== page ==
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Gen. B.B. Bell assumed command of U.S. Forces Korea in February.
Gen. B.B. Bell assumed command of U.S. Forces Korea in February. (Michael Abrams / S&S)

SEOUL — In early February, Gen. B.B. Bell took command of more than 29,000 U.S. troops stationed under U.S. Forces Korea, the Combined Forces Command and the United Nations command.

He gained leadership during a time of major transition on the peninsula. U.S. forces are downsizing, dozens of smaller U.S. camps have closed and the military is planning to move its forces onto two major hubs south of Seoul. Even the headquarters, located in the heart of Seoul, is to move by 2008.

Bell offered Stars and Stripes an exclusive interview so he could discuss his first impressions and thoughts on the U.S.-South Korean alliance, the North Korean threat and plans for the future.

This is the first part of a three-day series featuring excerpts from the interview.

On South KoreaSince I’ve arrived here, the first thing I found out was that the alliance, the partnership, the combined forces approach to warfare and USFK has changed significantly — and I think for the better given the nature of our times.

I believe you have to look at things … in the context in which you find them. What I found was an unbelievable vibrant nation of Republic of Korea, much more so than I ever understood.

I knew they had a great economy but I didn’t know that it was one of the 10th, 11th, 12th — you do the math — largest and most capable economies in the world … for a nation that is physically pretty small, that kind of economic vitality is phenomenal.

Now, in that context, you have a Republic of Korea that not only has this great economy, but [also] has a very capable military. It’s large. It’s very modern, quite frankly. It trains to standard. It lives in the field where it ought to live in the field so it’s hardened for readiness. It knows how to fight.

It’s got a very capable air force that’s impressive and a … naval force that’s capable of defending its shores, and it’s responsive to civilian government like militaries ought to be. In other words, it serves the needs of the nation.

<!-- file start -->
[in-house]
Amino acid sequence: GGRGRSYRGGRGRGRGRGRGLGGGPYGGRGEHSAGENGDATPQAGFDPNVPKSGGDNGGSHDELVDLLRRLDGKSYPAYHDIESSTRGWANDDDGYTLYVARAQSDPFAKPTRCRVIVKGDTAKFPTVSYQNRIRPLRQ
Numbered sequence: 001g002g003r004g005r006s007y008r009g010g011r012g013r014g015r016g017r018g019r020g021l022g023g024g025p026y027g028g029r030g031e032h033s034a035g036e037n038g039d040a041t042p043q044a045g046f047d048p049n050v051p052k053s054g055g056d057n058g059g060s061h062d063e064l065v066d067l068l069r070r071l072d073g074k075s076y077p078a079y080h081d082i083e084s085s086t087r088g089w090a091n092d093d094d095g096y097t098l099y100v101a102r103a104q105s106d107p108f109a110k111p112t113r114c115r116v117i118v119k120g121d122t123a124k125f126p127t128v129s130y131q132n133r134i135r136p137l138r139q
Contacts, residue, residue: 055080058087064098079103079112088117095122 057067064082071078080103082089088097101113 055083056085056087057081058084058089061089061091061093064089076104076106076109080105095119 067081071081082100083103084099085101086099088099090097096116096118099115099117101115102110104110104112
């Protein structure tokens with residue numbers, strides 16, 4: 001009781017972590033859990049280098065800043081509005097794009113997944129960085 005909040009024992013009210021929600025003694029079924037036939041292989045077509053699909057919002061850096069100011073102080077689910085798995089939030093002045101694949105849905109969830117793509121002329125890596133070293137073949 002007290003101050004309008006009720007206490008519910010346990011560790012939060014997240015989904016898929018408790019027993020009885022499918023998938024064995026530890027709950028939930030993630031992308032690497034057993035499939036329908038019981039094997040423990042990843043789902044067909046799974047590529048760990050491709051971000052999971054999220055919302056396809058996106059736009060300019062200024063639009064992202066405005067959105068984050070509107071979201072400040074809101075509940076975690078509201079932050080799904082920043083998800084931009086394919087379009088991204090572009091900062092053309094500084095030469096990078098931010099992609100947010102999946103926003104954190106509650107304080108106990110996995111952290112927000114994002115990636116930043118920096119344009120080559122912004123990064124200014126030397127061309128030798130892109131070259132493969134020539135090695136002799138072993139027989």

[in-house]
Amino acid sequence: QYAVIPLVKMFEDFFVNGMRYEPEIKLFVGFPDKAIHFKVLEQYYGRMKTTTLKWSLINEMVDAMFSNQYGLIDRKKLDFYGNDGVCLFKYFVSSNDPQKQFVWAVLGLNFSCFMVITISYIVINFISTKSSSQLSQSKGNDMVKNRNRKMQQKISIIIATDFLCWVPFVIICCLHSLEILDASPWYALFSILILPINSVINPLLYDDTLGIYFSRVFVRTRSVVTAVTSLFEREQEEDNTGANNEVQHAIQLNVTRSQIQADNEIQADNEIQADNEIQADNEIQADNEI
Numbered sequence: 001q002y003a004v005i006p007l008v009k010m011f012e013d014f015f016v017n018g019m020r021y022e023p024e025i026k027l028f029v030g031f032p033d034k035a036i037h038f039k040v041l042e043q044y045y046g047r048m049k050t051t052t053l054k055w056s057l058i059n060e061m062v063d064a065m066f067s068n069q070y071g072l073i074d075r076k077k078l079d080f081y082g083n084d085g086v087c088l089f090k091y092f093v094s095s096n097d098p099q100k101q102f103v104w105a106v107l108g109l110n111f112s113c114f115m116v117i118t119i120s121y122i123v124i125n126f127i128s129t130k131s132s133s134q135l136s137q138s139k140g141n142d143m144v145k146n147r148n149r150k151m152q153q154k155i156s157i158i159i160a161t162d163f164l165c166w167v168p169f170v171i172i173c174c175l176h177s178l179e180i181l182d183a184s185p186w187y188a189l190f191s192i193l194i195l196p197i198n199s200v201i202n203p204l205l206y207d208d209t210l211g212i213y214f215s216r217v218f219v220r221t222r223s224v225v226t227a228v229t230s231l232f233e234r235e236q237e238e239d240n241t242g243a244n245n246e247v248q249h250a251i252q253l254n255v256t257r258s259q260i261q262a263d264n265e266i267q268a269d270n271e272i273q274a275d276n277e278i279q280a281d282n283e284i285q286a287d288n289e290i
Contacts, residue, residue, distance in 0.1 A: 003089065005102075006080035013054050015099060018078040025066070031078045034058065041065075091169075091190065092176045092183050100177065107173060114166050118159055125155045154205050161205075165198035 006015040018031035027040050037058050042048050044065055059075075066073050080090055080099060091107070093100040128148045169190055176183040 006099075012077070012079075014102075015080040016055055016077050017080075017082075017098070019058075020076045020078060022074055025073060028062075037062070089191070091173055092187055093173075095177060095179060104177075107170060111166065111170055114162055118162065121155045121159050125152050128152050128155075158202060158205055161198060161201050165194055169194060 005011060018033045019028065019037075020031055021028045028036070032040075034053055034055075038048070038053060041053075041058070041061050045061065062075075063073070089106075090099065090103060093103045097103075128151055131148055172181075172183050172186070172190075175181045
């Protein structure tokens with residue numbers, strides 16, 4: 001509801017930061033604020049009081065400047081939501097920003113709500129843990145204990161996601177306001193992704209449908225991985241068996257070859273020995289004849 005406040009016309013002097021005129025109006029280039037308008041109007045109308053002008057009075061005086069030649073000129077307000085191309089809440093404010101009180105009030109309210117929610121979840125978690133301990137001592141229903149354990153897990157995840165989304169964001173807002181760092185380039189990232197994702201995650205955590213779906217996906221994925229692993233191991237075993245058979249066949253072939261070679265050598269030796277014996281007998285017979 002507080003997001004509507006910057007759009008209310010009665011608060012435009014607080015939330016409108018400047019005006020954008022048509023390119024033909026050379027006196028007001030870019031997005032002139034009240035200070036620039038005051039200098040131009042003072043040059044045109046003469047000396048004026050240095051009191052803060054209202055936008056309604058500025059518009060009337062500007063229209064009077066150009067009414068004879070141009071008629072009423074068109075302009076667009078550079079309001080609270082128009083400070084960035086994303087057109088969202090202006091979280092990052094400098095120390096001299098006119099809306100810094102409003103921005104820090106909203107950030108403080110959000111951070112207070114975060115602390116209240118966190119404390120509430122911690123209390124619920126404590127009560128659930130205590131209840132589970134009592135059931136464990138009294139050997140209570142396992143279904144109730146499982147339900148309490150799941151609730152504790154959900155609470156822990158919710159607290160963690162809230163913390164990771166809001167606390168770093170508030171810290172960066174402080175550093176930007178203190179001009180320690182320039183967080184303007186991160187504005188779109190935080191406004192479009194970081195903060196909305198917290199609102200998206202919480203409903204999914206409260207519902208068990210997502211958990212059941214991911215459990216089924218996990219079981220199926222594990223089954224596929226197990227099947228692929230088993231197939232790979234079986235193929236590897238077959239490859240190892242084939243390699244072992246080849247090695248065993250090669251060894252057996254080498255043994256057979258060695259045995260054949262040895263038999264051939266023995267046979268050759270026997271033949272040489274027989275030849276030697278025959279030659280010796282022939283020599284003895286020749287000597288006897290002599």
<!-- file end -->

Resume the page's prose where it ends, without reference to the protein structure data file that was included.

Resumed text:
That is much different than the Korea I knew when I served here as a young officer. Much different. Much more impressive. Much more capable. It is significantly different than the Korea I saw at a glance only five or six years ago.

On the transformationIn the context of a vibrant democracy, the kinds of pressures that we see on our traditional commands over here, Combined Forces Command, USFK, the UNC, are … to be expected.

It’s what you would expect in a democratic society. Asking questions about what’s the right relationship to continue to deter, to guarantee the defeat of an aggressor — the North Koreans — and to continue to achieve the goal of all freedom-loving nations in this area of the world: security and stability.

And one would expect that to change over time. And it has. You know we used to have hundreds of thousands of soldiers here and we don’t anymore. We used to exercise command-and-control of the Republic of Korea military in peacetime. Things have changed. We have been transforming.

And so, what I’ve seen here in looking back on arrival is an honest effort by both parties — United States and Republic of Korea — to transform the various commands over here, to meet the needs of this area of the world and the Republic of Korea in the 21st century.

For example, the articulated desire of the Republic of Korea to achieve independent command of its forces in wartime, should a war break out, makes sense. But why wouldn’t it make sense?

In fact, it makes so much sense that last October, the Minister of Self Defense of Korea and the Secretary of Defense [of the] United States signed an agreement to form a group to study this process to determine how and when it could be achieved without creating a risk in the deterrence factor or the war-fighting factor.

The methodology to achieve security in this area of the world is viewed over the years in command arrangements.

On the command structureThe current command is, in my view, postured correctly, all three commands, to achieve the alliance requirement in the future. It is a healthy command. It is a command that is effective in continuing to achieve its deterrent paradigm and it is … more than adequately capable of decisively defeating an attack by North Koreans and doing it quickly.

And so I am heartened by what I find. And I believe that, as we go through the next months and years of determining any future command relationships … that we’ll always keep the watchwords in front of us: deter and defeat if necessary, maintain the alliance, growth for both nations, democratic institutions, market economy, thriving democracy.

I mean, you keep those in front of you, and make certain that what you do together ensures that those remain paramount, you’re going to be OK.


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